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IFN-γ and IL-17: the two faces of T-cell pathology in giant cell arteritis

Weyand, Cornelia Ma; Younge, Brian Rb; Goronzy, Jörg Ja

Current Opinion in Rheumatology: January 2011 - Volume 23 - Issue 1 - p 43–49
doi: 10.1097/BOR.0b013e32833ee946
Vasculitis syndromes: Edited by Carlo Salvarani

Purpose of review Granuloma formation in giant cell arteritis (GCA) emphasizes the role of adaptive immunity and highlights the role of antigen-specific T cells. Recent data demonstrate that at least two separate lineages of CD4 T cells participate in vascular inflammation, providing an important clue that multiple disease instigators may initiate pathogenic immunity.

Recent finding IFN-γ-producing Th1 cells and IL-17-producing Th17 cells have been implicated in GCA. Patients with biopsy-positive GCA underwent two consecutive temporal artery biopsies, one prior to therapy and one while on corticosteroids. In untreated patients, Th1 and Th17 cells co-existed in the vascular lesions. Following therapy, Th17 cells were essentially lost, whereas Th1 cells persisted almost unaffected. In the peripheral blood of untreated patients Th17 frequencies were increased eight-fold, but normalized with therapy. Blood Th1 cells were doubled in frequency, independent of therapy. Corticosteroids functioned by selectively suppressing IL-1β, IL-6 and IL-23-releasing antigen-presenting cells (APCs), disrupting induction of Th17 cells.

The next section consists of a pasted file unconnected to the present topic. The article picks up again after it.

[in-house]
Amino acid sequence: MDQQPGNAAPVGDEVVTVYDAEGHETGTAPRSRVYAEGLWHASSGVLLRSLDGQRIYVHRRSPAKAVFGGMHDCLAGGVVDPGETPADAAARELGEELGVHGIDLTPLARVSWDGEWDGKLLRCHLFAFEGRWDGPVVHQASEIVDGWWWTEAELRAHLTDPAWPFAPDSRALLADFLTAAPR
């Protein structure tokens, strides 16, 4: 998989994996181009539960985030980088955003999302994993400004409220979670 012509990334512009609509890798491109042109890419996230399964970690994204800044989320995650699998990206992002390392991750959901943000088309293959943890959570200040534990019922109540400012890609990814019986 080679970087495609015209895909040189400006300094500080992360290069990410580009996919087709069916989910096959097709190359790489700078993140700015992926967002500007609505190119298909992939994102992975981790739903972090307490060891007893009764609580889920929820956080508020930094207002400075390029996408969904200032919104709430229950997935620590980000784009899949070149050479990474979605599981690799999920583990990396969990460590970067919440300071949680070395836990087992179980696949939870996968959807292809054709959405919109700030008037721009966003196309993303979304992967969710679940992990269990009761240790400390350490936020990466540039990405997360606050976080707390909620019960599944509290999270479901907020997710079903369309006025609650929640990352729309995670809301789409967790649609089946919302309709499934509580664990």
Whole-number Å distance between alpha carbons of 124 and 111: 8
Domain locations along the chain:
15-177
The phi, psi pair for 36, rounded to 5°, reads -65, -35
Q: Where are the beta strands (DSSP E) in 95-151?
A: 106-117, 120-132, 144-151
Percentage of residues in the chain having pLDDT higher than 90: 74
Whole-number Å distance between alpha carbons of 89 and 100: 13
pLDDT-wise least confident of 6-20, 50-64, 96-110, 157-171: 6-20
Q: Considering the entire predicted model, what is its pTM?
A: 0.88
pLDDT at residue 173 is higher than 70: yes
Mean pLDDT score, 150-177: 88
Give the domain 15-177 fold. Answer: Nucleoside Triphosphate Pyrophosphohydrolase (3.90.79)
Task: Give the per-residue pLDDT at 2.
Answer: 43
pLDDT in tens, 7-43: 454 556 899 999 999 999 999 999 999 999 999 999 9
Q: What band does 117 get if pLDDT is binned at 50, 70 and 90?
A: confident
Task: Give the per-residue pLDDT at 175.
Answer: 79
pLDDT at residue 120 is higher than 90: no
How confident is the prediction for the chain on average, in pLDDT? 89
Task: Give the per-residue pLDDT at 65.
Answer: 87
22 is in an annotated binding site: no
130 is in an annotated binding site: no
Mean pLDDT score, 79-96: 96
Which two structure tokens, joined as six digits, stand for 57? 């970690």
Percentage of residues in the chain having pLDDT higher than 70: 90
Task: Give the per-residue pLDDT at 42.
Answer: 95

Summary At least two distinct CD4 T-cell subsets promote vascular inflammation in GCA. In early disease, APCs promote differentiation of Th17 as well as Th1 cells. Chronic disease is characterized by persistent Th1-inducing signals, independent of IL-17-mediated inflammation. More than one disease instigator may trigger APCs to induce multiple T-cell lineages. Cocktails of therapies will be needed for appropriate disease control.

aDepartment of Medicine, Division of Immunology and Rheumatology, Stanford University, Stanford, California, USA

bDepartment of Ophthalmology, Mayo Clinic, Rochester, Minnesota, USA

Correspondence to Cornelia M. Weyand, MD, PhD, Department of Medicine: Immunology and Rheumatology, Stanford University School of Medicine, Center for Clinical Sciences Research, 269 Campus Drive West, Stanford, CA 94305-5166, USA Tel: +1 650 723 9027; fax: +1 650 723 7509; e-mail: cweyand@stanford.edu

© 2011 Lippincott Williams & Wilkins, Inc.